Psychoticism  

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Train wreck at Montparnasse (October 22, 1895) by Studio Lévy and Sons.
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Train wreck at Montparnasse (October 22, 1895) by Studio Lévy and Sons.

Psychoticism is one of the three traits used by the psychologist Hans Eysenck in his P-E-N model (psychoticism, extraversion and neuroticism) model of personality.

High levels of this trait were believed by Eysenck to be linked to increased vulnerability to psychoses such as schizophrenia. He also believed that blood relatives of psychotics would show high levels of this trait, suggesting a genetic basis to the trait.

Critics of the trait have suggested that the trait is too heterogeneous to be taken as a single trait. For example, In a correlation study by Donald Johnson (reported in 1994 at the APT International Conference) Psychoticism was found to correlate with Big Five traits Conscientiousness and Agreeableness; (which in turn correlated strongly with, respectively, MBTI Judging/Perceiving, and Thinking/Feeling). Thus, Costa and McCrae believe that agreeableness and conscientiousness (both which represent low levels of psychoticism) need to be distinguished in personality models. Eysenck also argued that there might be a correlation between psychoticism and creativity.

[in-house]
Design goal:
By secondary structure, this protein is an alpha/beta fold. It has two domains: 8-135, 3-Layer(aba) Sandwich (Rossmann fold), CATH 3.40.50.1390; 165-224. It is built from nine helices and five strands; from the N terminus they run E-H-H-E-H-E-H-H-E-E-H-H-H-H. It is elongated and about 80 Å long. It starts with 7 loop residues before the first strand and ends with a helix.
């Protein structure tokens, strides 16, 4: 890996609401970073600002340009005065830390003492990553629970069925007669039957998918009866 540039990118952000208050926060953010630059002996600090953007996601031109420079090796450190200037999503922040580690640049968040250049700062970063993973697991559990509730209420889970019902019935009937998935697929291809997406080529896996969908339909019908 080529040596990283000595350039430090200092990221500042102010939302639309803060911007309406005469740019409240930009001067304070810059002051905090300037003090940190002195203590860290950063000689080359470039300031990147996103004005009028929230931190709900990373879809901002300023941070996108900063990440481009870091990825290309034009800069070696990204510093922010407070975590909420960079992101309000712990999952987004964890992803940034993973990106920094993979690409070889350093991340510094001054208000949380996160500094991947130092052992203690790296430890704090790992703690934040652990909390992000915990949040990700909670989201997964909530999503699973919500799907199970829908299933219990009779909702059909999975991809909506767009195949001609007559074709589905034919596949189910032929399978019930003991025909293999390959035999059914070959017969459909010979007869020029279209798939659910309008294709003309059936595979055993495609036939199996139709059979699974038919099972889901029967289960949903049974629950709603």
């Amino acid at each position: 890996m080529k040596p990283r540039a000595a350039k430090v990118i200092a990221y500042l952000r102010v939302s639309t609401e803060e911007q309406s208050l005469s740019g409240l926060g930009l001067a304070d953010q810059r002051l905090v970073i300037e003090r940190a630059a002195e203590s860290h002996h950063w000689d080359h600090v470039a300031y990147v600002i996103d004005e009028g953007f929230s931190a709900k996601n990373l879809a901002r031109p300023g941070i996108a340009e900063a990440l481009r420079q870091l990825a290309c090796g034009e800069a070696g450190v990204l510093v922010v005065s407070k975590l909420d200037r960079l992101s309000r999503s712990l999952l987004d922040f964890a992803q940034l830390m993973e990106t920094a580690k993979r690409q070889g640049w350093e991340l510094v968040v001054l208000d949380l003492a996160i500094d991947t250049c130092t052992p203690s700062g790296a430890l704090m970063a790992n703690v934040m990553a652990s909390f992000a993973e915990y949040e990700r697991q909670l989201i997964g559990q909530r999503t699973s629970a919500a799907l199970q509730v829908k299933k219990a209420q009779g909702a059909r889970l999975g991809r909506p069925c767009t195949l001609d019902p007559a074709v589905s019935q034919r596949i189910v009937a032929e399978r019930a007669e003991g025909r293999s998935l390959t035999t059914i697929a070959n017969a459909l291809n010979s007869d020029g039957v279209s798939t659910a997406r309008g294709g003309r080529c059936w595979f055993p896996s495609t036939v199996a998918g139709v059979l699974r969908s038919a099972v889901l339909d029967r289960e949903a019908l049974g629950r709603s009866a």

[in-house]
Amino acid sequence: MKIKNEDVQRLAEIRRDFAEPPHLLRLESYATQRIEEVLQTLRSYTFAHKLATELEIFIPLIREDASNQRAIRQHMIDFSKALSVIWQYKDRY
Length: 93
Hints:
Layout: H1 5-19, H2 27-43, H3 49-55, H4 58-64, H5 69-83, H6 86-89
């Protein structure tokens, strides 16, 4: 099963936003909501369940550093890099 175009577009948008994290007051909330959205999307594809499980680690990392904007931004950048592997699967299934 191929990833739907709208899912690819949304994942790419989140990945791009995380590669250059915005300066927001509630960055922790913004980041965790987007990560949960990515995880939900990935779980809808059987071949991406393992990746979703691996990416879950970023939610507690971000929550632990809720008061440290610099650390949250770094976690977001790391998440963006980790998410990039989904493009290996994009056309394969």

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Unless indicated otherwise, the text in this article is either based on Wikipedia article "Psychoticism" or another language Wikipedia page thereof used under the terms of the GNU Free Documentation License; or on original research by Jahsonic and friends. See Art and Popular Culture's copyright notice.

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